# Anyone familiar with the Monty Hall problem?

We have in the UK a game show called Deal or No Deal. It consists of a number of boxes, say 20, and the contest has to select one at the start of the game that remains unopened. The rest of the game is spent choosing various boxes at random to eliminate until (potentially) the final 2 are left. The eliminated boxes are opened to reveal what was inside. The boxes all contain different amounts of money, and I say potentially left because at various points in the game, the contestant can choose to gamble what he think is is in his box (based on the eliminated amounts/boxes) on what the 'banker' offers him. If the game were played to completion however, we would be left with 1 box in front of the contestant and one other box. On occasions, an offer of exchange is made, and the question is raised, as in the Monty Hall Problem, is it advantageous to change.

To make this question/problem easier, we can assume the the box numbers take the place of the amounts of money, and the numbers are displayed inside the box so they appear unmarked. 20 is obviously the highest number, and therefore the best box to end up with, 1 the worst. Simpler than trying to remember the denominations of money involved.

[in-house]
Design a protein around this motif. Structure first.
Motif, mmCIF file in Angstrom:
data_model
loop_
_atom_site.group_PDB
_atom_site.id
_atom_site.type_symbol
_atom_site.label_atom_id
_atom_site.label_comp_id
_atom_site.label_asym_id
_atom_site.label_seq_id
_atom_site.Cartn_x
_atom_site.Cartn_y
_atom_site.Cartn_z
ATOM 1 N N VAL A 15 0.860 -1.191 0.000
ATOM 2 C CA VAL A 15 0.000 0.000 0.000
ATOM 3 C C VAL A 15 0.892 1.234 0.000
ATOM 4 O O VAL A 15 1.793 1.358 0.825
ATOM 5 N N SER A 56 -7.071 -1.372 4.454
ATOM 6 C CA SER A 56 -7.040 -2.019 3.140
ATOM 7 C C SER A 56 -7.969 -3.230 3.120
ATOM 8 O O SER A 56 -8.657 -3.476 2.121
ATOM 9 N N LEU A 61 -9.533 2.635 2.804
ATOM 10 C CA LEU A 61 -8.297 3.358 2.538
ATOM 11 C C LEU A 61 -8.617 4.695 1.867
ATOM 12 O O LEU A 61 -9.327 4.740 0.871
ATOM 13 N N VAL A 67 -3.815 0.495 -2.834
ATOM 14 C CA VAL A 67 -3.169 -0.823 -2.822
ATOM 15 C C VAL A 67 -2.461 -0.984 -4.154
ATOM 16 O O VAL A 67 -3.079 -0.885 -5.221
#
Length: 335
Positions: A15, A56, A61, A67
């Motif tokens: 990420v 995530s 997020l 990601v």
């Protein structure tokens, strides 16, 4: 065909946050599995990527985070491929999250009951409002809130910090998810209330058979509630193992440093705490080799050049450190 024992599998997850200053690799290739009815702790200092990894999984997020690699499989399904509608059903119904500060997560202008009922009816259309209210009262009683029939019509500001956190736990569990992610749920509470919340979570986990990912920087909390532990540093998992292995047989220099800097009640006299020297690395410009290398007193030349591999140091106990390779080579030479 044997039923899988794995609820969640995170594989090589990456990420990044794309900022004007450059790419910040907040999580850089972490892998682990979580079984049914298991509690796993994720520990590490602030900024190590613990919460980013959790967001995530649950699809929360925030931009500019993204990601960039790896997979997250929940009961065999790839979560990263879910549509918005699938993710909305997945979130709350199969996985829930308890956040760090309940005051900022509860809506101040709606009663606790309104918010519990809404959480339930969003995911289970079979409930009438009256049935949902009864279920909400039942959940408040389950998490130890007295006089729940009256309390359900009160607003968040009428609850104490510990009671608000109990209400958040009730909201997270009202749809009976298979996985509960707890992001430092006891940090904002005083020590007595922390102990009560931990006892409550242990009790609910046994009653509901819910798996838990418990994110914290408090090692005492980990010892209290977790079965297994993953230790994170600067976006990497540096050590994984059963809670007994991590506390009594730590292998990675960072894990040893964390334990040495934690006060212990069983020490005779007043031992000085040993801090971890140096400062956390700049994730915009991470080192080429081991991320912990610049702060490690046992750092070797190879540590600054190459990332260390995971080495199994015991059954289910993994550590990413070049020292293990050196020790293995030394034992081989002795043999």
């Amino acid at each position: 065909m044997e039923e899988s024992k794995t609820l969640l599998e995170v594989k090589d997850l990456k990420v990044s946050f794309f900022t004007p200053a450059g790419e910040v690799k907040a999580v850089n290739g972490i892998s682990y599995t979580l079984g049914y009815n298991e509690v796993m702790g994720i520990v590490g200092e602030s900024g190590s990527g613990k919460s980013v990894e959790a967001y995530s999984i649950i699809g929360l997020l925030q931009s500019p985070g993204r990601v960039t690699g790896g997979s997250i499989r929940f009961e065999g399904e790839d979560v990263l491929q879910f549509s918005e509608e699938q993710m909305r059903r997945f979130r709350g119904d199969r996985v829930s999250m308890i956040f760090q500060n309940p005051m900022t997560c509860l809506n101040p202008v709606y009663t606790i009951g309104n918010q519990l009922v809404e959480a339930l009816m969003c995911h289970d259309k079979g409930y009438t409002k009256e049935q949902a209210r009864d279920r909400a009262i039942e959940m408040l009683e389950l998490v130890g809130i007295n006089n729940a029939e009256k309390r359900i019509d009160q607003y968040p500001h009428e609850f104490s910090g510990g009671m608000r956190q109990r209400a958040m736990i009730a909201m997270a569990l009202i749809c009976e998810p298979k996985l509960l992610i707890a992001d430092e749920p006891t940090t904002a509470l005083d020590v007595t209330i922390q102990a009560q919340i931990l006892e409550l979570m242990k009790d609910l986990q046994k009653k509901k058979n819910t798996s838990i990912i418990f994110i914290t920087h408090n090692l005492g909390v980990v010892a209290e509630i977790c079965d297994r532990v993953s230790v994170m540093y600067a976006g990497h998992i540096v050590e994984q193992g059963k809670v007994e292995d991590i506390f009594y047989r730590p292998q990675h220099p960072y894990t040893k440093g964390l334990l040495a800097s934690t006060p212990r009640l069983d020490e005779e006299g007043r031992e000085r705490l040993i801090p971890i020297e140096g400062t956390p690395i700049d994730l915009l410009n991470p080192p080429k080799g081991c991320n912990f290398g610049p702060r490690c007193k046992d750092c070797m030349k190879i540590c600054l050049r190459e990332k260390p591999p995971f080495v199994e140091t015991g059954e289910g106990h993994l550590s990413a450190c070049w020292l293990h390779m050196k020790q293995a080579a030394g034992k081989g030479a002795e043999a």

In the original problem, Monty Hall has knowledge of the contents of the boxes, and it is suggested by many answers I have read that this is what creates the skewed probability.

If by chance we end up with the box 1 and the box 20 in play at the end of the game, because my initial selection was from 20 boxes, it is most unlikely that I picked box 20, the chances are I picked any one of the other 19 available, and so it is overwhelmingly likely to be in the other box. If the odds are 19/20 that i'll win if I change, can they become 50/50 simply by using different logic?

We have it in the US. It's interesting to watch and see people say its 50/50 when it really isn't. Even the host says it occasionally.

It is a 50/50 chance if you end up with 1 penny and 1 million dollars. You have a 1/20 chance of picking the penny, and a 1/20 chance of picking the million.

"If by chance we end up with the box 1 and the box 20 in play at the end of the game, because my initial selection was from 20 boxes, it is most unlikely that I picked box 20, the chances are I picked any one of the other 19 available, and so it is overwhelmingly likely to be in the other box."

That's wrong. If the there was 20 boxes and you picked one and then the host opened up the 18 different boxes because he knows what's in what, then it would be that.

In the Monty Python, if you picked a box, then picked one to open from the remaining 2 to find nothing, you'd have 50-50 chance of getting the car. If the one you picked had a car, there would be a 0 chance of getting the car.